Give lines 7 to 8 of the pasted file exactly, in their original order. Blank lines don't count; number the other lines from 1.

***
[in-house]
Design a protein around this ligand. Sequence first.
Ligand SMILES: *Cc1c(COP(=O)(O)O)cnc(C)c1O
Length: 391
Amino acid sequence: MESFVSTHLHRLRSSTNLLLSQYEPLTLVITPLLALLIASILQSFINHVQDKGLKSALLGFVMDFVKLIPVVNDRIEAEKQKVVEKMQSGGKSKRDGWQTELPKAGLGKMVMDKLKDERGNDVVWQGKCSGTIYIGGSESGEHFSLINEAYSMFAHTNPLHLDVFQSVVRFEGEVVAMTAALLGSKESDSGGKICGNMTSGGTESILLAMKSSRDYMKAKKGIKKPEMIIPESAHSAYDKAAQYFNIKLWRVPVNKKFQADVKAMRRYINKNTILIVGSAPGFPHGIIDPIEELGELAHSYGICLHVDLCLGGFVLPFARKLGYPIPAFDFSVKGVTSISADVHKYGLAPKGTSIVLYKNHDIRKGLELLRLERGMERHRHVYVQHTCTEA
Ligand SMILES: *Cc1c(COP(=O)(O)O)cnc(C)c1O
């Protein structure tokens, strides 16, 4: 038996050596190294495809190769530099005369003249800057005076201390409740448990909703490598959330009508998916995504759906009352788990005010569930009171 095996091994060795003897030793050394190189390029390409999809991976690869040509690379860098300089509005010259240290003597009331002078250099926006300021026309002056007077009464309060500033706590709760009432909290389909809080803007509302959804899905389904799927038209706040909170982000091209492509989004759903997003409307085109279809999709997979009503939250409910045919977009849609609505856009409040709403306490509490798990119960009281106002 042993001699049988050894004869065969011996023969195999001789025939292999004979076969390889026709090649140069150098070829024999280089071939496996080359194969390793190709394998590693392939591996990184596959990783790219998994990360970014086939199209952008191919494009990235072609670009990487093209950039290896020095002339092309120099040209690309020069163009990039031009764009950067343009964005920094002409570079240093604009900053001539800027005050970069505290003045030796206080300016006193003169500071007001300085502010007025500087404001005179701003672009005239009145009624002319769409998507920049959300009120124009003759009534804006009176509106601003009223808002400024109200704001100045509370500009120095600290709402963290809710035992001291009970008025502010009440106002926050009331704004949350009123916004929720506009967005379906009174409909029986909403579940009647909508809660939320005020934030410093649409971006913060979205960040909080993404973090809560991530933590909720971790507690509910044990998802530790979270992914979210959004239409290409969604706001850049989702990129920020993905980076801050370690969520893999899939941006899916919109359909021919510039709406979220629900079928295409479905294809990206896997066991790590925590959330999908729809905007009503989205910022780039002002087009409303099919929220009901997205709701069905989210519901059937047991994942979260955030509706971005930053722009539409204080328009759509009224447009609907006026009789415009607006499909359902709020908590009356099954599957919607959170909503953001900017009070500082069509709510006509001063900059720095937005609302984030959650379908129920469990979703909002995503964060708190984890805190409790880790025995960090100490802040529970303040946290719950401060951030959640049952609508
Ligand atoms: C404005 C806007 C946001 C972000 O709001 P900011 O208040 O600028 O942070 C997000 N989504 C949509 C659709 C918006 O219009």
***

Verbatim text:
């Protein structure tokens, strides 16, 4: 038996050596190294495809190769530099005369003249800057005076201390409740448990909703490598959330009508998916995504759906009352788990005010569930009171 095996091994060795003897030793050394190189390029390409999809991976690869040509690379860098300089509005010259240290003597009331002078250099926006300021026309002056007077009464309060500033706590709760009432909290389909809080803007509302959804899905389904799927038209706040909170982000091209492509989004759903997003409307085109279809999709997979009503939250409910045919977009849609609505856009409040709403306490509490798990119960009281106002 042993001699049988050894004869065969011996023969195999001789025939292999004979076969390889026709090649140069150098070829024999280089071939496996080359194969390793190709394998590693392939591996990184596959990783790219998994990360970014086939199209952008191919494009990235072609670009990487093209950039290896020095002339092309120099040209690309020069163009990039031009764009950067343009964005920094002409570079240093604009900053001539800027005050970069505290003045030796206080300016006193003169500071007001300085502010007025500087404001005179701003672009005239009145009624002319769409998507920049959300009120124009003759009534804006009176509106601003009223808002400024109200704001100045509370500009120095600290709402963290809710035992001291009970008025502010009440106002926050009331704004949350009123916004929720506009967005379906009174409909029986909403579940009647909508809660939320005020934030410093649409971006913060979205960040909080993404973090809560991530933590909720971790507690509910044990998802530790979270992914979210959004239409290409969604706001850049989702990129920020993905980076801050370690969520893999899939941006899916919109359909021919510039709406979220629900079928295409479905294809990206896997066991790590925590959330999908729809905007009503989205910022780039002002087009409303099919929220009901997205709701069905989210519901059937047991994942979260955030509706971005930053722009539409204080328009759509009224447009609907006026009789415009607006499909359902709020908590009356099954599957919607959170909503953001900017009070500082069509709510006509001063900059720095937005609302984030959650379908129920469990979703909002995503964060708190984890805190409790880790025995960090100490802040529970303040946290719950401060951030959640049952609508
Ligand atoms: C404005 C806007 C946001 C972000 O709001 P900011 O208040 O600028 O942070 C997000 N989504 C949509 C659709 C918006 O219009």